Spring Haiku

I’m optimistic;
like a brand new tennis ball,
everything’s chartreuse.

The brook trout’s belly
is like a sunset I saw;
its stipples the stars.

Papa bear’s hungry.
He tests his weight on the bough.
I’ll need more bird-seed.

The calf on the grass,
steaming in the morning sun,
totters lankily.


Indolence; or, A Dude on Vacation

With last night’s fun like fog within his head,
on sunny deck, encased in house’s lee,
Franklin’s Autobiography he read—
or tried to read, over his black coffee,
but laid down on the toast-warm wood instead.


Summer Dreams

Before the full brunt of the night had settled
the warm smoke slithered like a snake on the grass.
I was sitting at a table of metal,
which held a pencil, a book, and a cold glass.

After the gazebo: a lucent blue pool,
surrounded by gray cement, and then a green sward;
behind that a garden, and therein a gnome on a stool,
who, while I drowsed, amongst the dewy flowers, became a bard.


Reid McGrath is a poet living in the Hudson Valley of New York.

Featured Image: “White Mountain Scenery, Franconia Notch, New Hampshire” by Asher B. Durand (1796-1886)

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5 Responses

  1. Meryl Stratford

    Reid, I love your attention to sensory details! Your haiku are especially well-done because they pack so much into such tiny packages. That tennis ball simile makes me see something I hadn’t noticed before.

  2. james sale

    I like your poem on Indolence: the oblique rhyme with ‘coffee’ and ‘toast-warm wood’ – wow – that’s a Keatsian compound! Very sensuous.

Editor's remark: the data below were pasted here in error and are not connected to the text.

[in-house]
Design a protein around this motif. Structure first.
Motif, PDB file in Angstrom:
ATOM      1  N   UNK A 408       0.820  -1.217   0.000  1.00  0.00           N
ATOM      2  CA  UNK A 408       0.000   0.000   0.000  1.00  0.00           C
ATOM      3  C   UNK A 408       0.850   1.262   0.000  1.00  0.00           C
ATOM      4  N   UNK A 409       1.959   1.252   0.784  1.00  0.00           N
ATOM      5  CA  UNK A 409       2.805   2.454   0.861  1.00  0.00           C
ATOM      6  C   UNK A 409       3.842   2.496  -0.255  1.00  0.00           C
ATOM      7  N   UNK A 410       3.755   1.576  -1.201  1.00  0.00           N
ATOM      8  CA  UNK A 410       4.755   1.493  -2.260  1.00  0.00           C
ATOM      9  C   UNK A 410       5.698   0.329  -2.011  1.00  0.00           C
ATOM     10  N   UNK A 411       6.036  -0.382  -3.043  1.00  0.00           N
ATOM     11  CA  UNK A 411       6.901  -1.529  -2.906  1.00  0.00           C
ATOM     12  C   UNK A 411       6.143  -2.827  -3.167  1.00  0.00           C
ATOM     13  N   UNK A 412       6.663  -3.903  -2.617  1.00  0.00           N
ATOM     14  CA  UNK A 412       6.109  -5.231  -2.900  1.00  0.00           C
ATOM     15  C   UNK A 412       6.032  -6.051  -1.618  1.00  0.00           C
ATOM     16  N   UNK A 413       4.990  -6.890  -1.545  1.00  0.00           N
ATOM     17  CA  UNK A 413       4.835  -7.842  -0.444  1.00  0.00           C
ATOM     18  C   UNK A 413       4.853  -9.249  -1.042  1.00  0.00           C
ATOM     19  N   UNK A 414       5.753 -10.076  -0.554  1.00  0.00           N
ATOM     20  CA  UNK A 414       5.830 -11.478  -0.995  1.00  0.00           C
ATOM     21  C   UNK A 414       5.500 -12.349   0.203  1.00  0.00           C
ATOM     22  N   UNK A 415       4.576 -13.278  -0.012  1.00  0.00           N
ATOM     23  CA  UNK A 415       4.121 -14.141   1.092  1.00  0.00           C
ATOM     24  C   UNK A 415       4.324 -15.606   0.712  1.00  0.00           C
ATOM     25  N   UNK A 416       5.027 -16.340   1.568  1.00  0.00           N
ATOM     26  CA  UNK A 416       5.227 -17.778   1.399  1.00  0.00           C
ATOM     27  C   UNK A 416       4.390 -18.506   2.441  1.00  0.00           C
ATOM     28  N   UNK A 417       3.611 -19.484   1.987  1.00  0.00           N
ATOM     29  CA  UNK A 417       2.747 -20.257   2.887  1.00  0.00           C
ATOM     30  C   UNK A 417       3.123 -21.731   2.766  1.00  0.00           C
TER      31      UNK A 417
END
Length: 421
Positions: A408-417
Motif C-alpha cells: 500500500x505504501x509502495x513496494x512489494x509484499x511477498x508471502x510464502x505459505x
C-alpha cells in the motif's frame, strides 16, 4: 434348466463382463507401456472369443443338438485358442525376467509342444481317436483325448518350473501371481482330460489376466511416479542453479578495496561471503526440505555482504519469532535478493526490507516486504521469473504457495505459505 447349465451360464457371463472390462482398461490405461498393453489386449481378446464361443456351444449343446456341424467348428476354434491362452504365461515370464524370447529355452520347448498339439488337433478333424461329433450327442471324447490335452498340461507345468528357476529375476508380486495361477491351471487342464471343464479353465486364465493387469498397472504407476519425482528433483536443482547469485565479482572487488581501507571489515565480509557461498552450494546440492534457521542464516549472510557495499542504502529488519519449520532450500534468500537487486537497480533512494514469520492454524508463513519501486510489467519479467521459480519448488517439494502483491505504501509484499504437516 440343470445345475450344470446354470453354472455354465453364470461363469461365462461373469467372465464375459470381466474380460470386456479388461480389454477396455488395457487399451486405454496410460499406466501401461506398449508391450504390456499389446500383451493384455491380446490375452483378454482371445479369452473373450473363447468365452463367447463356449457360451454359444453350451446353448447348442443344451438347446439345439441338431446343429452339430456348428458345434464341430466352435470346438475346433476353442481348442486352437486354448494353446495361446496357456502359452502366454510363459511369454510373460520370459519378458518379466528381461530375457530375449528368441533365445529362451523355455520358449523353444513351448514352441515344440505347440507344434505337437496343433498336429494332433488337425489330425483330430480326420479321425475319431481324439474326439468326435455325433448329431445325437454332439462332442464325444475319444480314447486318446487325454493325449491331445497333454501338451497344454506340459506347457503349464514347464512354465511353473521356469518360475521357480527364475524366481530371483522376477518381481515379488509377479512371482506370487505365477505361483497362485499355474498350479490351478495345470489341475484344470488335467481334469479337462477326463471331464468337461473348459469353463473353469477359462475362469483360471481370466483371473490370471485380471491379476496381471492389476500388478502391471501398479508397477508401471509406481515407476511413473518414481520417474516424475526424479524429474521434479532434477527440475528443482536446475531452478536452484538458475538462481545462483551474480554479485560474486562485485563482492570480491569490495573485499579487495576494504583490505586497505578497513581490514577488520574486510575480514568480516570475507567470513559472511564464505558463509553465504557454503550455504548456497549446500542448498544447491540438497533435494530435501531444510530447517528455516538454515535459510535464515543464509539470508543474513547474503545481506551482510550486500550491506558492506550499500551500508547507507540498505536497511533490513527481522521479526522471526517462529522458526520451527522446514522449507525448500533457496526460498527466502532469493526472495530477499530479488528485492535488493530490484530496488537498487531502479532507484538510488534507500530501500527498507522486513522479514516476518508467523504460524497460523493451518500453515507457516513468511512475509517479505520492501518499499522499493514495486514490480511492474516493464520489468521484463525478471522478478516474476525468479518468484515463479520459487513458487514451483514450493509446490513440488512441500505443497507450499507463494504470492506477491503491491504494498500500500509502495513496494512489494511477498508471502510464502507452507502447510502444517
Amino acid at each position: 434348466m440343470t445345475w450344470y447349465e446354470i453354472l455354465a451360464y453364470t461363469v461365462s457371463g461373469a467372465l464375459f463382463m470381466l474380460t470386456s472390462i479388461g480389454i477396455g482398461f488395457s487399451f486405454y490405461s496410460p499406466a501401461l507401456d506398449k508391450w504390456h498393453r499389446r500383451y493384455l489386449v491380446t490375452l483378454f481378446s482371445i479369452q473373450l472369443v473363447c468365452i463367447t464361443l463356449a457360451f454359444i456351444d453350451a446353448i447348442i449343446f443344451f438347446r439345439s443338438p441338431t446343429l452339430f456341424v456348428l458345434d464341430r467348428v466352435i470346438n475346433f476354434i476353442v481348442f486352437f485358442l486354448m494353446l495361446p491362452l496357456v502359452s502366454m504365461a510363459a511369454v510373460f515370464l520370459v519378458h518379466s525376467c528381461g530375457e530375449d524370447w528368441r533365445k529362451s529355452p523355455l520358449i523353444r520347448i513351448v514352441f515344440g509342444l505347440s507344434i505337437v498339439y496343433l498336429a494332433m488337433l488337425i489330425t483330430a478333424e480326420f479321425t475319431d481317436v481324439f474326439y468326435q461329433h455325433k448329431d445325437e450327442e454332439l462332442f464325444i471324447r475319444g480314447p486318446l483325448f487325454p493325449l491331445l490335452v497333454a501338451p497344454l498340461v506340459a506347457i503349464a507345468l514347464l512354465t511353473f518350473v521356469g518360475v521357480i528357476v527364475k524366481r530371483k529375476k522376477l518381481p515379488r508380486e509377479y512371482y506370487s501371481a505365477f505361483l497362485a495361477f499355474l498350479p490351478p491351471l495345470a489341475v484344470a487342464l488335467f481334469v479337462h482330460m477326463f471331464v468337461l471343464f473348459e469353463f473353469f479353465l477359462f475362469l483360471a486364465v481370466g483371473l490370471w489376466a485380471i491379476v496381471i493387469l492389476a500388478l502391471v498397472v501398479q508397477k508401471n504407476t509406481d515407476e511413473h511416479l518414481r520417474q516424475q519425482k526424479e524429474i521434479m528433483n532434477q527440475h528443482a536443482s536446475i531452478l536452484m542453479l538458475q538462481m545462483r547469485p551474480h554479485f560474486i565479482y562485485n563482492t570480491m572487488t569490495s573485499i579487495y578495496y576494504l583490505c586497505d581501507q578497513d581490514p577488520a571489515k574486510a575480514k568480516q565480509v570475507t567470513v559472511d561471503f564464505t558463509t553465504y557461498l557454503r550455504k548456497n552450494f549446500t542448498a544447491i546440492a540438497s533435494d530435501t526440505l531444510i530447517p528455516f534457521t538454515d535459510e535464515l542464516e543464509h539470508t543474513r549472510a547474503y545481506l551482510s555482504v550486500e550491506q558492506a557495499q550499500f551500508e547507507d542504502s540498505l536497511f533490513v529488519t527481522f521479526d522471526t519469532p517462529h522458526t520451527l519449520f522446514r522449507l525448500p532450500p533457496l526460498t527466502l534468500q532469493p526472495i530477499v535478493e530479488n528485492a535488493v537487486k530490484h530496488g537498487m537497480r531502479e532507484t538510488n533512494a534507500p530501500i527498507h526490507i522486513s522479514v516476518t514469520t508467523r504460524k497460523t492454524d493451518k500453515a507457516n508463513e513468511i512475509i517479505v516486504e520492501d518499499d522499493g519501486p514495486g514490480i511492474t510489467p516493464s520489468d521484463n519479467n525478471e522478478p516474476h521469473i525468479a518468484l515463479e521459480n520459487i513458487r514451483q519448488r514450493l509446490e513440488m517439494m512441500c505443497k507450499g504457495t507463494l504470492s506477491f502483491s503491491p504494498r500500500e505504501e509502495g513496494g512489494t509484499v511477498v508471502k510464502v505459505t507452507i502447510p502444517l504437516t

3. Sigrid McGrath

    Reid, your poems arouse my curiosity and make me more cognizant
    Of the world we live in. Keep up the good work.

  4. Brice U. Lawseed

    The Adirondacks
    for Evan Mantyk and Reid McGrath

    The Adirondacks, rich in iron, once were mined;
    and other minerals were garnet, as pyrite,
    titanium, zinc, graphite, and wollastonite.
    As well, tree-eating lumberjacks attacked these sites.
    Throughout the 1900s, even more was gleaned,
    galena for lead, gypsum, talc, and sphalerite.
    But by 2000, most of th’ operations ceased,
    or slowed, though not all cleaned. And yet, the mining sprawls,
    amidst the beaver, fisher, martin, moose and lynx,
    amongst the trees, streams, rivers, lakes and waterfalls,
    helped build America’s industrial base might,
    for that most vigorous of hardy animals.


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